Gunmakers shoot for perfection
Editor’s note: This is the third in a series devoted to local craftsmen of distinguished outdoor gear
He began making guns as a hobby at the age of 15. He trained as a machinist and was earning $16 a week grinding optical lenses before moving to Spokane to renew his boyhood fascination with building custom guns.
“I just plugged away,” said Al Biesen. “I don’t know how to explain it, but all of a sudden, some years later, I just found myself as a craftsman.”
Biesen’s claim to fame came after writing a letter to Jack O’Connor in Idaho just after World War II. Al told the famous globetrotting hunter it was about time he had a “good rifle.”
O’Connor decided to take a chance on what he called “a brash young upstart.” The author and gun editor for Outdoor Life could have had guns made by any craftsman in the world. Yet after seeing that first “good rifle,” O’Connor commissioned Biesen to build about 35 rifles and shotguns during the next 20 years.
Word spread. Biesen kept busy enough to work his son, Roger, into the basement shop. Now his granddaughter, Paula, adds the finishing touches to rifles that some collectors consider to be perfect.
Al and Roger have mastered skills from barrel work to stock carving and customizing actions and components. Paula came aboard as the engraver, producing the inlays and designs that transform a classic rifle or shotgun into an art piece.
Family ties: “There were no guarantees,” Paula said, referring to her aspirations as an artist to add her talents to the family business. “This wasn’t one of those occasions where they could praise you because you were related.”
Business philosophy: “When the job is done,” Roger explained, “you’re not just sending out a rifle, it’s your reputation.”
“The workmanship wouldn’t be any different for you than it would be for the Prince of Iran,” he added, noting that Al did indeed build rifles for Prince Abdorreza of Iran and Faisal II, the last king of Iraq.
Distinction: Before suffering a stroke seven years ago, Al hand-checkered wood stocks as casually as he would butter toast. Nowadays, although he still works in the shop several hours a day, Al leaves the fine detail work to Roger.
Checkering is the term for the pattern of diamonds carved in the gripping areas of the stock. It’s just one of the many steps in creating a gun distinguished by absolute uniformity. The checkering often is scratched into prized hunks of English walnut worth $1,000.
“Checkering isn’t necessarily difficult if you have the time,” Roger said. “But you’re asking for trouble if you get in a hurry.”
Why customize a gun? “It’s a personal thing,” Roger said. “Not everybody drives a BMW, but a few people do. Some people just want quality and a perfect fit.”
Projectiles shot from rifles or shotguns customized by the Biesen family gunmakers will not drop game any more effectively than the lead fired from off-the-shelf guns. But the Biesen actions are smoother and less likely to jam, the safeties are precise, and their fit and balance is so perfect they shoulder and point like a fine shotgun.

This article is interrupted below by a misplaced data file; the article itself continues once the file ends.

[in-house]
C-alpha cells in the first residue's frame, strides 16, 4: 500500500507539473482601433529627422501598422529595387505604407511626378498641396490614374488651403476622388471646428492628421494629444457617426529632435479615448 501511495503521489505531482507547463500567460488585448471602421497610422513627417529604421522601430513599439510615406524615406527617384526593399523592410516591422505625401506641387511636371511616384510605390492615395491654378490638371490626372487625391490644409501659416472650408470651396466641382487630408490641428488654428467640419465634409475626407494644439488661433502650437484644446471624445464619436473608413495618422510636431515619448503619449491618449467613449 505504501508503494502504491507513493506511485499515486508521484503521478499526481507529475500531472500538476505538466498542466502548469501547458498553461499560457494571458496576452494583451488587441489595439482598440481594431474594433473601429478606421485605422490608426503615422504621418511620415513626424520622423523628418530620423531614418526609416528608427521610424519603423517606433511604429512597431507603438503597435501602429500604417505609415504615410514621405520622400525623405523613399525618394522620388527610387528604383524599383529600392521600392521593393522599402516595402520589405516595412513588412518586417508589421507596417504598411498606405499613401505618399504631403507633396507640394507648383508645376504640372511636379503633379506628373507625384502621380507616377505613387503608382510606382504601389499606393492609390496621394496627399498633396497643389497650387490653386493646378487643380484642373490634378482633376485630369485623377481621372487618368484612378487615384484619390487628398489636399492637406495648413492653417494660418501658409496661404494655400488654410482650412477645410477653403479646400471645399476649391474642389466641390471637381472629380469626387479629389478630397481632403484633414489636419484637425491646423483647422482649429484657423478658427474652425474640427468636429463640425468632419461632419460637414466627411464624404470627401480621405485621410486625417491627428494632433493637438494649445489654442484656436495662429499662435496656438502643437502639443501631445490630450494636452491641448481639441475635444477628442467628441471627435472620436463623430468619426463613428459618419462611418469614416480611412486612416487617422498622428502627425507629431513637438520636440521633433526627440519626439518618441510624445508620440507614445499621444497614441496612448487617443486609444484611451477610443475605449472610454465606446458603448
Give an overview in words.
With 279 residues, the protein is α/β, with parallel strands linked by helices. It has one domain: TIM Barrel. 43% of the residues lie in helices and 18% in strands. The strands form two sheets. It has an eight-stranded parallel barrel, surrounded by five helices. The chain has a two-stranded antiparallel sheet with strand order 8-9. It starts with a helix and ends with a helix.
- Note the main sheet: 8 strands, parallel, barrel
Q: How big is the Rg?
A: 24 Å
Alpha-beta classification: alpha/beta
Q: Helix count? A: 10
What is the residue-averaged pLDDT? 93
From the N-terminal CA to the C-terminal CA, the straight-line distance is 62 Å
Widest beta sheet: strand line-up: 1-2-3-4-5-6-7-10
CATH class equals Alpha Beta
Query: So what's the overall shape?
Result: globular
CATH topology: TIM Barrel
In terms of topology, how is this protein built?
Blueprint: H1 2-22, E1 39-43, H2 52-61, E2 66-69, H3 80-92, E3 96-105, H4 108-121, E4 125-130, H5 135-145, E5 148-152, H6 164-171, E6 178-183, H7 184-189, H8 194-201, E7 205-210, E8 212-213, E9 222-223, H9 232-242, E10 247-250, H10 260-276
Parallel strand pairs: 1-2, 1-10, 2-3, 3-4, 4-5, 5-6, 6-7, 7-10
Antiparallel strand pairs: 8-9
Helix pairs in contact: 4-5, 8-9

Sign on shop door: “Business hours subject to hunting season.”
Favorite shotguns: “Anything out of Italy,” Roger said.
Rookie mistake: “Quitting a good job and coming here to work for nickels an hour,” Roger said.
Consumer tip: “If the barrel is worn out on a gun, we’ll try to talk you out of putting a lot of labor into reworking a gun,” Roger said. “There’s no sense putting that much work into something that doesn’t shoot well, even if you’re not going to shoot it.”
Tools of trade: Lathes, files, special wood-carving and cutting tools. Also, a baby scale: “A block of wood requires a year or more to dry before we can make it into a stock,” Al said. “We keep a baby scale and weigh the block every few months. When it quits losing weight, it’s ready.”
Paula’s engraving requires a tool that’s essentially a surgically precise jackhammer. Through the microscope she uses while working, the tool seems to function like a scoop in ice cream.
Giving back: The Biesens recently built a reproduction of Jack O’Connor’s No. 2 sheep-hunting rifle, using a 1959 Winchester Model 70 action, a French walnut stock and featherlight barrel. The rifle raised $16,000 in a raffle to support the conservation efforts of the Idaho Chapter of the Foundation for North American Wild Sheep.
A Biesen rifle with gold inlays by Terry Wallace sold for $110,000 at a Safari Club International fund-raising auction in 1994.
Prized possession: Al worked more than 45 years in the business before taking the time to build a custom rifle for himself.
“I did some work on it; Roger has his hand in it, and we got Paula involved,” Al said. “It might be the best rifle ever for that reason, and because it’s mine.”
Bottom line: Generally, Biesen gun work costs about $3,000 for a custom stock job plus $1,000 for metal work on existing guns with additional costs for exotic woods, engraving and gold inlays as desired. Finished products run about $6,000. If you want the best of everything, such as a thin-shelled Turkish Walnut stock, wildlife engravings and gold inlays galore, the price could run up to $12,000.
Where: Biesen Gunmakers, 2039 W. Sinto Ave., 328-6818.